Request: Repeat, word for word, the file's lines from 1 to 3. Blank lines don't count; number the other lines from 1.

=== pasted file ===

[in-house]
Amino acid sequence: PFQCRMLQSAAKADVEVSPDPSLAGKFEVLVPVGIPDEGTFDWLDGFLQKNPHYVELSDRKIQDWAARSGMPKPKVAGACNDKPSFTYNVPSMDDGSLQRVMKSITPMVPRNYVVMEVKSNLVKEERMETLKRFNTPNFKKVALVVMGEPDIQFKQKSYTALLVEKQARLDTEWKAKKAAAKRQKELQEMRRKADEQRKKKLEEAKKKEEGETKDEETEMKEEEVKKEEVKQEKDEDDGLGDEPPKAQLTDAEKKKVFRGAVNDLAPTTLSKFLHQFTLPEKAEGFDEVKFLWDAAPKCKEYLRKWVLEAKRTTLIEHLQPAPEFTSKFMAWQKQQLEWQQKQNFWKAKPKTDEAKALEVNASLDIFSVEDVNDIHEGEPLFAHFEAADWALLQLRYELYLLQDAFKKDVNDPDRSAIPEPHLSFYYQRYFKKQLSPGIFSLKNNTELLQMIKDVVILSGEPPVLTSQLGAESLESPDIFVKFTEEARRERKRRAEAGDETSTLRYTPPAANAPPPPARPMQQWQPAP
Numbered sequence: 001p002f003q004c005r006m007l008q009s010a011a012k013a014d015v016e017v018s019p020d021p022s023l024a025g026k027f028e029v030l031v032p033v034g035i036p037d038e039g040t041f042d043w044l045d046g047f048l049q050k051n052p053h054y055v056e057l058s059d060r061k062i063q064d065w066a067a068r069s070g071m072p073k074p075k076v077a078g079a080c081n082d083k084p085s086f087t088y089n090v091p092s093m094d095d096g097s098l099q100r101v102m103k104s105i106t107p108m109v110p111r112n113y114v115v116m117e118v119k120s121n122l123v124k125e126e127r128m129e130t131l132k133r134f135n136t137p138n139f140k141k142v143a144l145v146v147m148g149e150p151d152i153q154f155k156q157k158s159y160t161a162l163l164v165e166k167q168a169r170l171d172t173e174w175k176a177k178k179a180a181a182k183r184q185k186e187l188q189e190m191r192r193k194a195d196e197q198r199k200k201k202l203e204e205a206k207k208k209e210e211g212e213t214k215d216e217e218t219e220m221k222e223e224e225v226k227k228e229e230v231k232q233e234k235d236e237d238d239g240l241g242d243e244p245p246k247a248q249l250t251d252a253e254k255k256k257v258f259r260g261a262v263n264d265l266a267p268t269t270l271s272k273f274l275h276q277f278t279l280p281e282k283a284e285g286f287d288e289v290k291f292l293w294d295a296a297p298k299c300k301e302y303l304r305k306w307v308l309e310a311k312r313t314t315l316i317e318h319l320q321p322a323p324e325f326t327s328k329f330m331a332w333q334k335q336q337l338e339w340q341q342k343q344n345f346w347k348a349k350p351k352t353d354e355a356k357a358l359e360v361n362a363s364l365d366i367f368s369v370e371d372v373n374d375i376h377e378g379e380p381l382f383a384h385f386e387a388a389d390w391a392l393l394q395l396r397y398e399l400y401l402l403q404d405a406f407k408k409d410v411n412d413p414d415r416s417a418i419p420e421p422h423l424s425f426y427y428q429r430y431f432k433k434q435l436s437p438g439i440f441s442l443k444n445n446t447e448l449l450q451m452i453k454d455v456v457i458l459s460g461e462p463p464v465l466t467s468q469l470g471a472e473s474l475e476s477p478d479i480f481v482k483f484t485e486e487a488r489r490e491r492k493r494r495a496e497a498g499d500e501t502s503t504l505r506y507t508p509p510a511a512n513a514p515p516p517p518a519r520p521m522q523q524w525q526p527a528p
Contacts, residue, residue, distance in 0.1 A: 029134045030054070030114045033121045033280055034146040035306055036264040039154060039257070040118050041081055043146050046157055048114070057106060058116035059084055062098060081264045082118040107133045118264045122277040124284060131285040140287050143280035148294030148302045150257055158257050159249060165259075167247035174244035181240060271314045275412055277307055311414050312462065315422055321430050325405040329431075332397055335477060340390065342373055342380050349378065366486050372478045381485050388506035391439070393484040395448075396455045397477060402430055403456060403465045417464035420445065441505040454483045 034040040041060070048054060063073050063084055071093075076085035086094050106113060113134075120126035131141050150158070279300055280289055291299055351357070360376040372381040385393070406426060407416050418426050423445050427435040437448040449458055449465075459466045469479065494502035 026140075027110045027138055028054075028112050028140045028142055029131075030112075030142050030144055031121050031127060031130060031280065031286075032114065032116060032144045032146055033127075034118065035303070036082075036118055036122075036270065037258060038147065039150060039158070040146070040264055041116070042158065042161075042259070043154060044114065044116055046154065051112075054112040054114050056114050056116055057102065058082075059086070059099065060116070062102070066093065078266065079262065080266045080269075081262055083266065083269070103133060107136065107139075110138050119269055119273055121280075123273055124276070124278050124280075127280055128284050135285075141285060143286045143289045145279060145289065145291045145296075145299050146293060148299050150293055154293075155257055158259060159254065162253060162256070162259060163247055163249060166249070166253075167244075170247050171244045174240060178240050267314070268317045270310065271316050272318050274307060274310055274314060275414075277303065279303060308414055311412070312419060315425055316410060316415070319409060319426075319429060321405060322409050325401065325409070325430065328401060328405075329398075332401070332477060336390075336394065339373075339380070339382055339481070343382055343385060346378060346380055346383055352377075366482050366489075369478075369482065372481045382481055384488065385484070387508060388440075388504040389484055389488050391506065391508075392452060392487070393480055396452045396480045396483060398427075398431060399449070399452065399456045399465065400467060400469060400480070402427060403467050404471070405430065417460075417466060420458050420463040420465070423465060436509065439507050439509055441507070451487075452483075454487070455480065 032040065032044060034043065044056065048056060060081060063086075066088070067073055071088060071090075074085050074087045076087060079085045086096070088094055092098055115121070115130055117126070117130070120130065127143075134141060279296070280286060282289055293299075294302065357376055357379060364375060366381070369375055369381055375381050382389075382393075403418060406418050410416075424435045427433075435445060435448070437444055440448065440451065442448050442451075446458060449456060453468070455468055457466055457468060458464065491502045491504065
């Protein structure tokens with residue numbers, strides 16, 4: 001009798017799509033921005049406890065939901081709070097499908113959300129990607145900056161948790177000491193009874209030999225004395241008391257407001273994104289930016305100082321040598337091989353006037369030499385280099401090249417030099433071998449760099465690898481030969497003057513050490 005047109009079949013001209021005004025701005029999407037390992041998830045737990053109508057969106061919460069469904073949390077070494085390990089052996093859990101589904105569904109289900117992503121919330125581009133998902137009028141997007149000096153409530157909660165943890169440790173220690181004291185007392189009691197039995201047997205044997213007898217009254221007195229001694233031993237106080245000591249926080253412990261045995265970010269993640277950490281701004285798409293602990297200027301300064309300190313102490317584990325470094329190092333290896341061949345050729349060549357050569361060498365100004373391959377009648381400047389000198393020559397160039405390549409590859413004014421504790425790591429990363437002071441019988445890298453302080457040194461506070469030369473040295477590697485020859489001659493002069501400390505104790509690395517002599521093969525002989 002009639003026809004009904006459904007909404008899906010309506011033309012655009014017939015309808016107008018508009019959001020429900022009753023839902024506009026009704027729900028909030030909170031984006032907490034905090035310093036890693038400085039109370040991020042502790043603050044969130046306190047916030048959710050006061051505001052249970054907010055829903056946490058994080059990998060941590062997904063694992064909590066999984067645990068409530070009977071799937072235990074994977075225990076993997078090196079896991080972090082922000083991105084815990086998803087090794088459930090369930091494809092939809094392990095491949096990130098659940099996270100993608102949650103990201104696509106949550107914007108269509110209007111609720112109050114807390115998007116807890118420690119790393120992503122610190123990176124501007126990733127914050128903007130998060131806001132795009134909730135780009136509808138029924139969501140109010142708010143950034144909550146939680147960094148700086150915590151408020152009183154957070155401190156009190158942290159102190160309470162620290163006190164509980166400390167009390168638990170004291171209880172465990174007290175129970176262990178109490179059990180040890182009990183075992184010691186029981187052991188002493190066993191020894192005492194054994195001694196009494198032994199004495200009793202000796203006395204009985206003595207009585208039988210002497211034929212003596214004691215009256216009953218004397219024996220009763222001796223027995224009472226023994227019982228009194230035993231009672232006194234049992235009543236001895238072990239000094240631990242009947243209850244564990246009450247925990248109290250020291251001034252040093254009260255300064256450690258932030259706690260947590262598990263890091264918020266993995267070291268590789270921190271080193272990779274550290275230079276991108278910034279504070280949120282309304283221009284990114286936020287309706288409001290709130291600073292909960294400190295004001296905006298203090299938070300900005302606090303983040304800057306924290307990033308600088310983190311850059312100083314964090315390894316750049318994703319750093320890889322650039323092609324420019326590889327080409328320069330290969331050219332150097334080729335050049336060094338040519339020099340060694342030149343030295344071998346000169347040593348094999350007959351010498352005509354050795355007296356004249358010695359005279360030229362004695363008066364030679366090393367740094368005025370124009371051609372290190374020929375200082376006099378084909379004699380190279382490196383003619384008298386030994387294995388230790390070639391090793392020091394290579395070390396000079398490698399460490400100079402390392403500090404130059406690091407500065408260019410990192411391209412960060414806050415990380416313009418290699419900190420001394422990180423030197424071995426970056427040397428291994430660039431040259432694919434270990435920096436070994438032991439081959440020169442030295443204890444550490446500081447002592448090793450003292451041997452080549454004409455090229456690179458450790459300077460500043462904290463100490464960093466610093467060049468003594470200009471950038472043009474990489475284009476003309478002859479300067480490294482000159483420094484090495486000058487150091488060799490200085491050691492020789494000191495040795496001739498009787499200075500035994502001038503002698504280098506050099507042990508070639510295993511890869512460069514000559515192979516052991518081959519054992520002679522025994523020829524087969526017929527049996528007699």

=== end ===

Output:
[in-house]
Amino acid sequence: PFQCRMLQSAAKADVEVSPDPSLAGKFEVLVPVGIPDEGTFDWLDGFLQKNPHYVELSDRKIQDWAARSGMPKPKVAGACNDKPSFTYNVPSMDDGSLQRVMKSITPMVPRNYVVMEVKSNLVKEERMETLKRFNTPNFKKVALVVMGEPDIQFKQKSYTALLVEKQARLDTEWKAKKAAAKRQKELQEMRRKADEQRKKKLEEAKKKEEGETKDEETEMKEEEVKKEEVKQEKDEDDGLGDEPPKAQLTDAEKKKVFRGAVNDLAPTTLSKFLHQFTLPEKAEGFDEVKFLWDAAPKCKEYLRKWVLEAKRTTLIEHLQPAPEFTSKFMAWQKQQLEWQQKQNFWKAKPKTDEAKALEVNASLDIFSVEDVNDIHEGEPLFAHFEAADWALLQLRYELYLLQDAFKKDVNDPDRSAIPEPHLSFYYQRYFKKQLSPGIFSLKNNTELLQMIKDVVILSGEPPVLTSQLGAESLESPDIFVKFTEEARRERKRRAEAGDETSTLRYTPPAANAPPPPARPMQQWQPAP
Numbered sequence: 001p002f003q004c005r006m007l008q009s010a011a012k013a014d015v016e017v018s019p020d021p022s023l024a025g026k027f028e029v030l031v032p033v034g035i036p037d038e039g040t041f042d043w044l045d046g047f048l049q050k051n052p053h054y055v056e057l058s059d060r061k062i063q064d065w066a067a068r069s070g071m072p073k074p075k076v077a078g079a080c081n082d083k084p085s086f087t088y089n090v091p092s093m094d095d096g097s098l099q100r101v102m103k104s105i106t107p108m109v110p111r112n113y114v115v116m117e118v119k120s121n122l123v124k125e126e127r128m129e130t131l132k133r134f135n136t137p138n139f140k141k142v143a144l145v146v147m148g149e150p151d152i153q154f155k156q157k158s159y160t161a162l163l164v165e166k167q168a169r170l171d172t173e174w175k176a177k178k179a180a181a182k183r184q185k186e187l188q189e190m191r192r193k194a195d196e197q198r199k200k201k202l203e204e205a206k207k208k209e210e211g212e213t214k215d216e217e218t219e220m221k222e223e224e225v226k227k228e229e230v231k232q233e234k235d236e237d238d239g240l241g242d243e244p245p246k247a248q249l250t251d252a253e254k255k256k257v258f259r260g261a262v263n264d265l266a267p268t269t270l271s272k273f274l275h276q277f278t279l280p281e282k283a284e285g286f287d288e289v290k291f292l293w294d295a296a297p298k299c300k301e302y303l304r305k306w307v308l309e310a311k312r313t314t315l316i317e318h319l320q321p322a323p324e325f326t327s328k329f330m331a332w333q334k335q336q337l338e339w340q341q342k343q344n345f346w347k348a349k350p351k352t353d354e355a356k357a358l359e360v361n362a363s364l365d366i367f368s369v370e371d372v373n374d375i376h377e378g379e380p381l382f383a384h385f386e387a388a389d390w391a392l393l394q395l396r397y398e399l400y401l402l403q404d405a406f407k408k409d410v411n412d413p414d415r416s417a418i419p420e421p422h423l424s425f426y427y428q429r430y431f432k433k434q435l436s437p438g439i440f441s442l443k444n445n446t447e448l449l450q451m452i453k454d455v456v457i458l459s460g461e462p463p464v465l466t467s468q469l470g471a472e473s474l475e476s477p478d479i480f481v482k483f484t485e486e487a488r489r490e491r492k493r494r495a496e497a498g499d500e501t502s503t504l505r506y507t508p509p510a511a512n513a514p515p516p517p518a519r520p521m522q523q524w525q526p527a528p